In her own words, this is how my mother came to write her first book.
“Il a nationalisé le canal!” my father said again with disbelief. “Nasser read the decree right here in Alexandria, this evening. He told the USA to choke to death on its fury!”
We were staying with my parents in Alexandria, and, as it turned out, I was only allowed out of the house at certain hours of the day. It was a sort of house arrest (résidence forcée).
There was nothing much to do in autumn 1956. It was October, a lovely month in Egypt, when summer’s heat and humidity are over, and it is pleasant to be out of doors.
One morning, I sat down under the mimosa tree, with the sound of white doves cooing in the dovecote, and began to write my first book, Cocktails and Camels. I never thought of any other title.
Apart from school essays and letters, I had never written anything before. I wrote in pencil, painstakingly, while my young daughter Carol picked daisies on the lawn. As I searched for the right words, they popped up like magic. I was elated.
Writing my first book had nothing to do with my wanting to be ‘a writer’. It just happened because the circumstances and my state of mind were attuned. Although the country was at war, Gamal Abdel Nasser was on a nationalization spree, and the future looked uncertain, I felt peaceful and content. Maybe that is what writing does for you.
The writing did not always come easily. Every line was written and rewritten a dozen times or more. I did not mind. Every time I corrected a sentence, I could see it getting better. Writing was a challenge, and I enjoyed it. I’d walk around the garden, mulling things over. Sometimes I’d laugh aloud at what I’d written.
“I’m going to write a book too!” Carol piped up.
Friends came to visit and have tea. I told them I was writing a book, and that it would be called Cocktails and Camels.
“You are writing a book?” Then, in French, “Mais pourquoi? Why don’t you learn to play bridge?”
“Je déteste le bridge!” We always spoke like that in Alexandria, switching from one language to another all the time. Anyone who did not was not a true Alexandrian.
Annoyed that I always refused to play bridge, they were soon asking if I was planning to mention them in my book.
“Of course.” How could I not include them? They were such characters. But I would do it with humour, and make up names to disguise their identities.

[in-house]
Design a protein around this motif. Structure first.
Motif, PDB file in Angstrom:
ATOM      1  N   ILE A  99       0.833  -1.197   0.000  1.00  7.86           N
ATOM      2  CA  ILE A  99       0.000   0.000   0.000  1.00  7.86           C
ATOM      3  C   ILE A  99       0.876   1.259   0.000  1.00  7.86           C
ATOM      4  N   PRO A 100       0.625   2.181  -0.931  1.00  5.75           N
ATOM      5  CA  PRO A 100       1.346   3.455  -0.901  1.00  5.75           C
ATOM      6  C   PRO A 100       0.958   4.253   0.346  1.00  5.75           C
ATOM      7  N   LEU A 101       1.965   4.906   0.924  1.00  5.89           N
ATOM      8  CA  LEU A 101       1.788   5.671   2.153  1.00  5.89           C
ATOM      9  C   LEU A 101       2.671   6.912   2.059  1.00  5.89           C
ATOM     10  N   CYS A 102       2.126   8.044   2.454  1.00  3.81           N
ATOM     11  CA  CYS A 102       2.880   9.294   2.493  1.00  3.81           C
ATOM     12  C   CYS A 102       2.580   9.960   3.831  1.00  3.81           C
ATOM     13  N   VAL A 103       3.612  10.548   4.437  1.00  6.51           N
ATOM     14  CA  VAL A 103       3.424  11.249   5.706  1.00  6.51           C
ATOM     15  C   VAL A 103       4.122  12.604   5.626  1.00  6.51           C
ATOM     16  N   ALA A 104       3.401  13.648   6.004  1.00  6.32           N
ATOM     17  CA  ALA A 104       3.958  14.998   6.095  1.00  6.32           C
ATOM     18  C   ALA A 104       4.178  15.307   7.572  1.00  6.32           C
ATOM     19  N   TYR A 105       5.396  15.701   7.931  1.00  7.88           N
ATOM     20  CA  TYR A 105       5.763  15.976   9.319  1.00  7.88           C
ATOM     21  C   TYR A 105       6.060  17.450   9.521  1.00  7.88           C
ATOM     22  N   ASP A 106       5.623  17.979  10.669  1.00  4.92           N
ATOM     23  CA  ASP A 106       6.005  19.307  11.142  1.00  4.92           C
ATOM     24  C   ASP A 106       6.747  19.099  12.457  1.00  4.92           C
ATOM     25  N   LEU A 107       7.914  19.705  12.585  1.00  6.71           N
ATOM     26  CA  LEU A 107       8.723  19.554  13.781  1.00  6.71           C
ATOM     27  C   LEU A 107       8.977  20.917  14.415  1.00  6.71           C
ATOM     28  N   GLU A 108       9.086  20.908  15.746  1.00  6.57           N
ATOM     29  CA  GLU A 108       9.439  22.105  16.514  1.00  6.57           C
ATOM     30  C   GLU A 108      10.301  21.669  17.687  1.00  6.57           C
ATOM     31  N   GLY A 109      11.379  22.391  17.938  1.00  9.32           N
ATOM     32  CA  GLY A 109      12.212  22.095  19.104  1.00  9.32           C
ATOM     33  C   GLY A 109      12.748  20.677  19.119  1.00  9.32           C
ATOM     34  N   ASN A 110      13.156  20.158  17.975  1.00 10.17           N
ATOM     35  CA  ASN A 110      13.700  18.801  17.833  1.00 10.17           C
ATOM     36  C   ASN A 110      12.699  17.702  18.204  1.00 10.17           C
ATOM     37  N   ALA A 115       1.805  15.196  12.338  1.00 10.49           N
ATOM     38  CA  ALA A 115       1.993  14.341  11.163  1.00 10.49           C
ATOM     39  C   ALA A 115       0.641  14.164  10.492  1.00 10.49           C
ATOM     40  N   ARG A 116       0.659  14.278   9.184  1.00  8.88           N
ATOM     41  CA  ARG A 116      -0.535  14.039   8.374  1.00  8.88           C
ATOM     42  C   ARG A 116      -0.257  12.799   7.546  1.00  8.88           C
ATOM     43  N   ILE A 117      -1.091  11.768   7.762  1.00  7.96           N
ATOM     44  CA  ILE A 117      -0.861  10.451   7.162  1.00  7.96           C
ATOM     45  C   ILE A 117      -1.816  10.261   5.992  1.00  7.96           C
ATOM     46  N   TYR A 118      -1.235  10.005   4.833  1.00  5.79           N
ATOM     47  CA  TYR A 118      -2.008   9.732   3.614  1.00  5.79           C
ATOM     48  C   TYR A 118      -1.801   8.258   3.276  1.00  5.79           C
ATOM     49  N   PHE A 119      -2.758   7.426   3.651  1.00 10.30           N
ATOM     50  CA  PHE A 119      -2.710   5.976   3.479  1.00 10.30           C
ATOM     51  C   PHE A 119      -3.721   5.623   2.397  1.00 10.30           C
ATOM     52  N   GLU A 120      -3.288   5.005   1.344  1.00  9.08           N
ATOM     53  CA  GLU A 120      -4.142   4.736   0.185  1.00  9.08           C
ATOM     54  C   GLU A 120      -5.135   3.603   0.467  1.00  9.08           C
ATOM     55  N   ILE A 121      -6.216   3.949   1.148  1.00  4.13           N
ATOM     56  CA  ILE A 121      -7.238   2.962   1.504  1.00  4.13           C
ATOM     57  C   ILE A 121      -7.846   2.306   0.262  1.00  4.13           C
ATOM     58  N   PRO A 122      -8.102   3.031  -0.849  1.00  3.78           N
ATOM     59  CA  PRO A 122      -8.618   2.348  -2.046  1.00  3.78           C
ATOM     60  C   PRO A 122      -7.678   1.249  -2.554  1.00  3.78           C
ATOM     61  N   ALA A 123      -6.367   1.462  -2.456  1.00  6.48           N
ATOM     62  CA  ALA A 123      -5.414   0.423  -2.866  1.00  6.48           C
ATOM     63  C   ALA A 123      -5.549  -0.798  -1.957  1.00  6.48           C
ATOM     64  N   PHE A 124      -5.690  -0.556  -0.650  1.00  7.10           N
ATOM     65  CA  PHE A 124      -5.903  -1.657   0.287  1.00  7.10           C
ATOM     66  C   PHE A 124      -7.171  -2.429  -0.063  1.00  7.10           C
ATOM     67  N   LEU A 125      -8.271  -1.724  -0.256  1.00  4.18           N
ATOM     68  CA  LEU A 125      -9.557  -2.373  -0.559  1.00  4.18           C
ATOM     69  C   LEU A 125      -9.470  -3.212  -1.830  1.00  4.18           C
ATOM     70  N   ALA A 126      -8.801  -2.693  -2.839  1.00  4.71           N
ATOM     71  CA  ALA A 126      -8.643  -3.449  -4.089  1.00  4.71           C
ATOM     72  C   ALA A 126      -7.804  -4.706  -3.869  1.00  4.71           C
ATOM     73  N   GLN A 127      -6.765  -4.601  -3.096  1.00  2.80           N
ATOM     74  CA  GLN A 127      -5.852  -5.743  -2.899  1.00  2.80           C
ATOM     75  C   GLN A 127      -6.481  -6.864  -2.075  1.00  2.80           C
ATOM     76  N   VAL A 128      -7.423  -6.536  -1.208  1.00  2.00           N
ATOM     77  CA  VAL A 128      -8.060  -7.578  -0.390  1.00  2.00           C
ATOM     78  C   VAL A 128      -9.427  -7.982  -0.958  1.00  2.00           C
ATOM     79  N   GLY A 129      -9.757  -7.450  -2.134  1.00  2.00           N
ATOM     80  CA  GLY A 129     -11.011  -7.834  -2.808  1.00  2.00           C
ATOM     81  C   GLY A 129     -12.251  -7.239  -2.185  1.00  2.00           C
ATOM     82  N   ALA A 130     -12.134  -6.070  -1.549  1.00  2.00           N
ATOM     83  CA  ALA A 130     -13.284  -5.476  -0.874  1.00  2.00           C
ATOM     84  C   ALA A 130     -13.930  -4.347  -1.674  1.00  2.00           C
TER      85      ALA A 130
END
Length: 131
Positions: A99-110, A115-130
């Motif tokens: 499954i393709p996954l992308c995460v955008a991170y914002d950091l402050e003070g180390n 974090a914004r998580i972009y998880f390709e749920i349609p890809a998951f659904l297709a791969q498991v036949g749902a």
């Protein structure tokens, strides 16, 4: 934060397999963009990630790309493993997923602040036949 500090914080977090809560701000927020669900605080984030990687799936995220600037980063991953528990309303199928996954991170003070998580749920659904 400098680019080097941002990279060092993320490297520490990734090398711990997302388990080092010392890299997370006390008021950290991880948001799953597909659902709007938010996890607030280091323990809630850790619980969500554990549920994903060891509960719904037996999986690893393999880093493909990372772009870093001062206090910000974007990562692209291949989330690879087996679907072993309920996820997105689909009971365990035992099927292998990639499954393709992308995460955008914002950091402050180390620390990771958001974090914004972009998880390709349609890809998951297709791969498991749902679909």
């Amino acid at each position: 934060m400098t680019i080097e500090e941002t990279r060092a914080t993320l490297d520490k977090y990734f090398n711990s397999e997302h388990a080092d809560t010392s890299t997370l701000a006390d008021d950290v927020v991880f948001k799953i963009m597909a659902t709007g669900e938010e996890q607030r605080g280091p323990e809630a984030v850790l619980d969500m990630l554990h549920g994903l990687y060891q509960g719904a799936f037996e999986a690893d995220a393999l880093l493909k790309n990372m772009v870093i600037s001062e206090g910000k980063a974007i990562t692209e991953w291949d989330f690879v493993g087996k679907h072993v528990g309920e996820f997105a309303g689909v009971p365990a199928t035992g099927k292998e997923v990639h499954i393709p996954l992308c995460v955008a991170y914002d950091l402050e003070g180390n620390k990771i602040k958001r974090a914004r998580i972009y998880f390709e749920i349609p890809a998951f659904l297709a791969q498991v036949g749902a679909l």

“Will you say that I am the best dressed woman in Alexandria?” asked Yvette who wore a different outfit every day. We laughed.
“You’ll have to be patient and wait until the book is published.”
My father, who for more than thirty years had been the respected President of La Bourse de Contrats en Egypte, had published an excellent and much acclaimed book on the Bourse. I thought he would be pleased to hear that I too wanted to write a book.
One evening, with Carol asleep in her cot, I told my parents that I was working on a light-hearted autobiography called Cocktails and Camels. Their reaction was not what I had expected.
“Quoi?” Father cried. “Un livre? Des cocktails?”
“Quelle idée! Nous finirons en prison!” Mother said. “Why can’t you be like everyone else, comme tout le monde?”
“I’ll take a pen name,” I cried, annoyed. “And all the names of the people will be changed. It won’t be published in Egypt, anyway.”
There had been censorship in Egypt for years, and one was careful what one wrote in letters and newspapers, let alone books. Sometimes, foreign magazines were sold with articles missing, cut out by the censors. To be on the safe side, I changed not only the names of friends and relatives, but, to be sure no one recognized the family, I wrote that I had two sisters instead of a sister and a brother. My brother Théo was never mentioned in Cocktails and Camels. As for a pen name, I would be Jacqueline Carol, using my own first name and my daughter’s first name as a surname.
“You can’t afford to publish a book,” Father then said.
“I am not planning to pay for its publication! The publisher will pay me.”
Mother’s blue eyes looked infinitely sad. “Please be careful, chérie. Nice girls don’t write books.”
“Who cares about nice girls?” I howled as I stormed out of the room.
Cocktails and Camels was published in New York in 1960. Now sadly out of print, it portrays Egypt in an earlier time – الزمن الجميل – and is still one of the funniest books I have ever read. Not that I’m at all biased.